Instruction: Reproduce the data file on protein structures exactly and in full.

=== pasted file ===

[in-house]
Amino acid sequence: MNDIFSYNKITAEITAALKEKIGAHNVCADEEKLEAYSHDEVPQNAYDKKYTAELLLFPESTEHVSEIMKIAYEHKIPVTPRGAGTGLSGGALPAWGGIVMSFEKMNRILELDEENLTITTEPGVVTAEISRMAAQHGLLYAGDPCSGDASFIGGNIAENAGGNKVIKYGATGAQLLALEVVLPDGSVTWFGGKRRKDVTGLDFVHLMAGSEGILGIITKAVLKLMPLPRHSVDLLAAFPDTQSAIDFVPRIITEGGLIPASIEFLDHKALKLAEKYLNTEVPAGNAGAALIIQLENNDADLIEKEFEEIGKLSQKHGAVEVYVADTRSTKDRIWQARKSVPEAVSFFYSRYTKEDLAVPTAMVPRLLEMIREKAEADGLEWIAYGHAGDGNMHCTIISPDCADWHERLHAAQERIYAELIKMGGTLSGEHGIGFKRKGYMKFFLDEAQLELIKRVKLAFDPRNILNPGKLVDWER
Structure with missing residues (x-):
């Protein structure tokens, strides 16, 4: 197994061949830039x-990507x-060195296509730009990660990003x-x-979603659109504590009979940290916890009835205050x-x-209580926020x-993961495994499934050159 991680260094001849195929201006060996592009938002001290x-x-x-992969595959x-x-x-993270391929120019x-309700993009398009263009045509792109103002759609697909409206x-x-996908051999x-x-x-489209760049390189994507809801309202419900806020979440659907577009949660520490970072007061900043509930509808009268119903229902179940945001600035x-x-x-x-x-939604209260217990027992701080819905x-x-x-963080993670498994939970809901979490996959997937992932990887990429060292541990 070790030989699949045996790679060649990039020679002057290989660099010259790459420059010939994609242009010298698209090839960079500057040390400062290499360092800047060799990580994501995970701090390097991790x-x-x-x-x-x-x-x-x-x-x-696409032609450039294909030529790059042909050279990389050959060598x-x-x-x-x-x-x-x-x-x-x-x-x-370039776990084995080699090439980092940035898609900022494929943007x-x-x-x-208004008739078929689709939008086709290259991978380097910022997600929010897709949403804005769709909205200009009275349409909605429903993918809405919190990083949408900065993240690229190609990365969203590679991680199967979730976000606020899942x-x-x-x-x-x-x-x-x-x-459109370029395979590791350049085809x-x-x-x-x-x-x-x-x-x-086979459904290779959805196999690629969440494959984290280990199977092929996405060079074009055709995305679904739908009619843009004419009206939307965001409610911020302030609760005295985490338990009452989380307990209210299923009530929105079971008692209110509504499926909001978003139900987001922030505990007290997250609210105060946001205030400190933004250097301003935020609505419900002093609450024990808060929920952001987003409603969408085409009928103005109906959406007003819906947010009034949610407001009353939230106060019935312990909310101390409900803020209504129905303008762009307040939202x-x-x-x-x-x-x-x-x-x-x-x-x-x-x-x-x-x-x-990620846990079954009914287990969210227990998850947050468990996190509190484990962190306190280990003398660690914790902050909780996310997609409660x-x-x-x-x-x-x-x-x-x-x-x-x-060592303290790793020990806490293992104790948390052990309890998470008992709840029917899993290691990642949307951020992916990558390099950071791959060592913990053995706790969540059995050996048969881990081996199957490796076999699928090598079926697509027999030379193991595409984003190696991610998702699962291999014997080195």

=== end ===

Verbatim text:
[in-house]
Amino acid sequence: MNDIFSYNKITAEITAALKEKIGAHNVCADEEKLEAYSHDEVPQNAYDKKYTAELLLFPESTEHVSEIMKIAYEHKIPVTPRGAGTGLSGGALPAWGGIVMSFEKMNRILELDEENLTITTEPGVVTAEISRMAAQHGLLYAGDPCSGDASFIGGNIAENAGGNKVIKYGATGAQLLALEVVLPDGSVTWFGGKRRKDVTGLDFVHLMAGSEGILGIITKAVLKLMPLPRHSVDLLAAFPDTQSAIDFVPRIITEGGLIPASIEFLDHKALKLAEKYLNTEVPAGNAGAALIIQLENNDADLIEKEFEEIGKLSQKHGAVEVYVADTRSTKDRIWQARKSVPEAVSFFYSRYTKEDLAVPTAMVPRLLEMIREKAEADGLEWIAYGHAGDGNMHCTIISPDCADWHERLHAAQERIYAELIKMGGTLSGEHGIGFKRKGYMKFFLDEAQLELIKRVKLAFDPRNILNPGKLVDWER
Structure with missing residues (x-):
């Protein structure tokens, strides 16, 4: 197994061949830039x-990507x-060195296509730009990660990003x-x-979603659109504590009979940290916890009835205050x-x-209580926020x-993961495994499934050159 991680260094001849195929201006060996592009938002001290x-x-x-992969595959x-x-x-993270391929120019x-309700993009398009263009045509792109103002759609697909409206x-x-996908051999x-x-x-489209760049390189994507809801309202419900806020979440659907577009949660520490970072007061900043509930509808009268119903229902179940945001600035x-x-x-x-x-939604209260217990027992701080819905x-x-x-963080993670498994939970809901979490996959997937992932990887990429060292541990 070790030989699949045996790679060649990039020679002057290989660099010259790459420059010939994609242009010298698209090839960079500057040390400062290499360092800047060799990580994501995970701090390097991790x-x-x-x-x-x-x-x-x-x-x-696409032609450039294909030529790059042909050279990389050959060598x-x-x-x-x-x-x-x-x-x-x-x-x-370039776990084995080699090439980092940035898609900022494929943007x-x-x-x-208004008739078929689709939008086709290259991978380097910022997600929010897709949403804005769709909205200009009275349409909605429903993918809405919190990083949408900065993240690229190609990365969203590679991680199967979730976000606020899942x-x-x-x-x-x-x-x-x-x-459109370029395979590791350049085809x-x-x-x-x-x-x-x-x-x-086979459904290779959805196999690629969440494959984290280990199977092929996405060079074009055709995305679904739908009619843009004419009206939307965001409610911020302030609760005295985490338990009452989380307990209210299923009530929105079971008692209110509504499926909001978003139900987001922030505990007290997250609210105060946001205030400190933004250097301003935020609505419900002093609450024990808060929920952001987003409603969408085409009928103005109906959406007003819906947010009034949610407001009353939230106060019935312990909310101390409900803020209504129905303008762009307040939202x-x-x-x-x-x-x-x-x-x-x-x-x-x-x-x-x-x-x-990620846990079954009914287990969210227990998850947050468990996190509190484990962190306190280990003398660690914790902050909780996310997609409660x-x-x-x-x-x-x-x-x-x-x-x-x-060592303290790793020990806490293992104790948390052990309890998470008992709840029917899993290691990642949307951020992916990558390099950071791959060592913990053995706790969540059995050996048969881990081996199957490796076999699928090598079926697509027999030379193991595409984003190696991610998702699962291999014997080195």